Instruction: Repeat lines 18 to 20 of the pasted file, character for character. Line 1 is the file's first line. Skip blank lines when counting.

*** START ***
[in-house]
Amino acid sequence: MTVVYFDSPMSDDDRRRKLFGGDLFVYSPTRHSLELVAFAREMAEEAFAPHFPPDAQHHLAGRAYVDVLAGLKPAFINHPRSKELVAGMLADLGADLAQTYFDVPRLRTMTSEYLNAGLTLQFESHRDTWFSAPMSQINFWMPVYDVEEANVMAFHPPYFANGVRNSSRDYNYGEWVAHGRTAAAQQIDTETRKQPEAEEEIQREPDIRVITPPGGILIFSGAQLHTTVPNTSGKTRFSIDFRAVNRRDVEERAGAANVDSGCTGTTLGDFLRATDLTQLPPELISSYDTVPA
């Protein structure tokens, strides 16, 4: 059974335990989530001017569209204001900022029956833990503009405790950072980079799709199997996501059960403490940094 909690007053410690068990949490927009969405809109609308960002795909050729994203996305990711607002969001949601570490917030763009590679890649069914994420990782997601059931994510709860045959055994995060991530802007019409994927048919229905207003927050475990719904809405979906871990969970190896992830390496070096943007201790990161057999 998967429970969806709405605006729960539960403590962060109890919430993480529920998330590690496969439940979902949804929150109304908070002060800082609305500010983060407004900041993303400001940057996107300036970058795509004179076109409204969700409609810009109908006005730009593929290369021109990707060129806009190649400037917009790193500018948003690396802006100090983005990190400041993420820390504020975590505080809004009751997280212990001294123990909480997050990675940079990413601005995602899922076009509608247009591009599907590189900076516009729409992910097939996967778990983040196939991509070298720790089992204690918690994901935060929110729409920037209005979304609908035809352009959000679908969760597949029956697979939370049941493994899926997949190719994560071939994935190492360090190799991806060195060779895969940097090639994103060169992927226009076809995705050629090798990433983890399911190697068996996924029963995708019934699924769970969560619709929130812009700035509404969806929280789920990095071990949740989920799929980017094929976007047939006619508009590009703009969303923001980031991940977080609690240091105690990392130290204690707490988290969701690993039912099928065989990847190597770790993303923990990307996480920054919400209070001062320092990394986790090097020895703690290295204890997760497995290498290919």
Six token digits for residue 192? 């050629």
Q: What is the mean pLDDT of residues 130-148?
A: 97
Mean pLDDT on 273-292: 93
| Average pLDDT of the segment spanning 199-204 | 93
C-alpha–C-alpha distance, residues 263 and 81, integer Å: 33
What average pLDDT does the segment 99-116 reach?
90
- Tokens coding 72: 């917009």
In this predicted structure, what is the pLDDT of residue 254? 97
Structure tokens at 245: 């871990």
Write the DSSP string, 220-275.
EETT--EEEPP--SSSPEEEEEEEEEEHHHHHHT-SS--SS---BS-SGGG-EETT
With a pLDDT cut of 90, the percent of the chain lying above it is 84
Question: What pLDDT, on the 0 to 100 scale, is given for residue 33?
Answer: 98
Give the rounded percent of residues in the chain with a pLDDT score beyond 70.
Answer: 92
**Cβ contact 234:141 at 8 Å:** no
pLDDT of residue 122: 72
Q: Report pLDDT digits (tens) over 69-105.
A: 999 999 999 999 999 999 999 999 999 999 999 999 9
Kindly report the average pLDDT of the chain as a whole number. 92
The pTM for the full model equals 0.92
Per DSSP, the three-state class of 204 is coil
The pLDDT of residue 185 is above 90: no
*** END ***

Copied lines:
Question: What pLDDT, on the 0 to 100 scale, is given for residue 33?
Answer: 98
Give the rounded percent of residues in the chain with a pLDDT score beyond 70.